operated by a private organization” This statement in no way defends traditional schools. It simply states that there is more than one way to skin a cat. Again, I have no issue with your statement that, “it is possible to get gains in student achievement with the same population and to treat the children like human beings”. But the key is to DEMONSTRATE THE GAINS IN STUDENT ACHIEVEMENT. With few exceptions, traditional schools have failed to demonstrate these gains for decades !! And yet, they claim a monopoly in their right to attempt to do so or simply reject the metrics that would allow comparison altogether. That is unacceptable.
4. CREDO – Your bias is showing Professor. Any statistician would tell you that the variance of the difference in the distribution between any two samples is likely to be small as the sample size increases. In other words, the fact that we see measurable improvement in both the CREDO study AND the Mathematica study (which you did not retort) over a large number of charters and traditional schools suggest that there is something meaningful in the charter movement for poor children. Moreover, this improvement is likely to increase as the self-selecting nature of charters propogates successful charters such as KIPP and Success.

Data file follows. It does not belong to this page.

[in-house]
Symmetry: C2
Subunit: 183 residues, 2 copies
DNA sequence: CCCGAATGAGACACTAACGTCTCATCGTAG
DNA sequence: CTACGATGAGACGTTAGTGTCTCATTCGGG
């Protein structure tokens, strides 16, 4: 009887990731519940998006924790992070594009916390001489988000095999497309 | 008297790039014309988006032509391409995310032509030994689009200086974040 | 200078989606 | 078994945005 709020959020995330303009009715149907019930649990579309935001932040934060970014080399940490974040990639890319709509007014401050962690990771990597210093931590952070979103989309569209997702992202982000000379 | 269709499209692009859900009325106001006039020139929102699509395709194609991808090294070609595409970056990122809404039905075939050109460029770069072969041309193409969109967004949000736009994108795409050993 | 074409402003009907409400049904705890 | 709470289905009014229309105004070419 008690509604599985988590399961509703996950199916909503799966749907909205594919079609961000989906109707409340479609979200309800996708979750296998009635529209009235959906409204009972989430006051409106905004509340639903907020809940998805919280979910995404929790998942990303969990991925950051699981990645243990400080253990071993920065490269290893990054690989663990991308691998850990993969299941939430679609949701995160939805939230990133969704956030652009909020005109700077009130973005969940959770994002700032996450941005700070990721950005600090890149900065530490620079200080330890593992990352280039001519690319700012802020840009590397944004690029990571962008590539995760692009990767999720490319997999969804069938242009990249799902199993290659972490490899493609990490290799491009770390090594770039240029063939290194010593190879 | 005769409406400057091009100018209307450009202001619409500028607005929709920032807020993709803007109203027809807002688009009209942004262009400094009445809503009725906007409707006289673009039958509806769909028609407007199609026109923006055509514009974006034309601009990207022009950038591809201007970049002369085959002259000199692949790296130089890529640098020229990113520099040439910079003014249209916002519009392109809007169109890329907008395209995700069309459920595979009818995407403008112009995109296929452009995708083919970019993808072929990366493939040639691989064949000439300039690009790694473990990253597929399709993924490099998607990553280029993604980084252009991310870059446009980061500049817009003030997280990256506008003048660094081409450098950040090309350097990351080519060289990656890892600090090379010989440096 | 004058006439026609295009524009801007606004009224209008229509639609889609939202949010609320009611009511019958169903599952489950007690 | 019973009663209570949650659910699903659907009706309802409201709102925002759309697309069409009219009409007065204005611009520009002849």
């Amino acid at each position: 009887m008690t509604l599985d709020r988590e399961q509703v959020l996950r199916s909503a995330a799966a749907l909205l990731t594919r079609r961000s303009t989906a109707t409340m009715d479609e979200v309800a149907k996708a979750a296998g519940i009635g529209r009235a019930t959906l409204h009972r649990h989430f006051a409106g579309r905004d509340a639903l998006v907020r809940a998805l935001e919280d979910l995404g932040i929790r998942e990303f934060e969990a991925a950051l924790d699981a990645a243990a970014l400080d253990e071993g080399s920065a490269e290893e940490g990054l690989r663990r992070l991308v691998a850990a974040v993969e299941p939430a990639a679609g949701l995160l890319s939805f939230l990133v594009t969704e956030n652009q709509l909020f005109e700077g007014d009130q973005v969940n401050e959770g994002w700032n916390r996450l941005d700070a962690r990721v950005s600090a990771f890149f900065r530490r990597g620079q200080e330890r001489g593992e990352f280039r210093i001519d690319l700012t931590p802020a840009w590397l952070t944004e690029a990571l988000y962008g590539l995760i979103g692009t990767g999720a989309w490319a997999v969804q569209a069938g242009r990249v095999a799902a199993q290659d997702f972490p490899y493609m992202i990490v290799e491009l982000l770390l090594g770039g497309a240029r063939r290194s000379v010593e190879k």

4. Tests – You set up a straw-man argument here. ” Reformers and charter school entrepreneurs like to talk as if test scores are the sine qua non of what is holding children back in their education and then ruthlessly pursue the test scores themselves as an object.” Test scores are obviously not the object for reformers. Rather, they are the best metric that one can observe across schools to determine the effectiveness of the education. Of course, they could be improved. How many non-standardized tests administered by teachers on a regular basis perfectly measure the extent to which the students have understood the concepts ? But the perfect is not the enemy of the good. In a previous post, you seemed to offer some affinity for the NAEP, a standardized test that has the pre-dates much of the current argument over testing. Even in the NAEP, fewer than 40% of 12th graders are proficient in math or reading. Your point in a prior post that these scores have not declined further is weak praise indeed. And any attempt to inflate these scores by declaring proficiency an unreasonable goal is similarly distasteful. Whether you use NAEP, Regents or other tests, the results point in a similar direction as that described in the Mathematica and CREDO reports; Charters are providing one of the first innovations in decades demonstrated to effectively teach poor children. Instead of the skills measured in tests, you discuss other desirable skills – “initiative, independence, and creativity.” But Professor Katz, this is a false alternative since traditional schools have shown no ability to offer these skills. To return to the car analogy, your statement akin to the defense someone would offer when confronted with the fact that their Minivan was slower than their friend’s Corvette – “But a Ferrari is still faster than your Corvette”. While true, this is irrelevant since the suggested alternative is not available. Instead, the alternative for many poor students is a failing local school where often nearly half of students will not even graduate.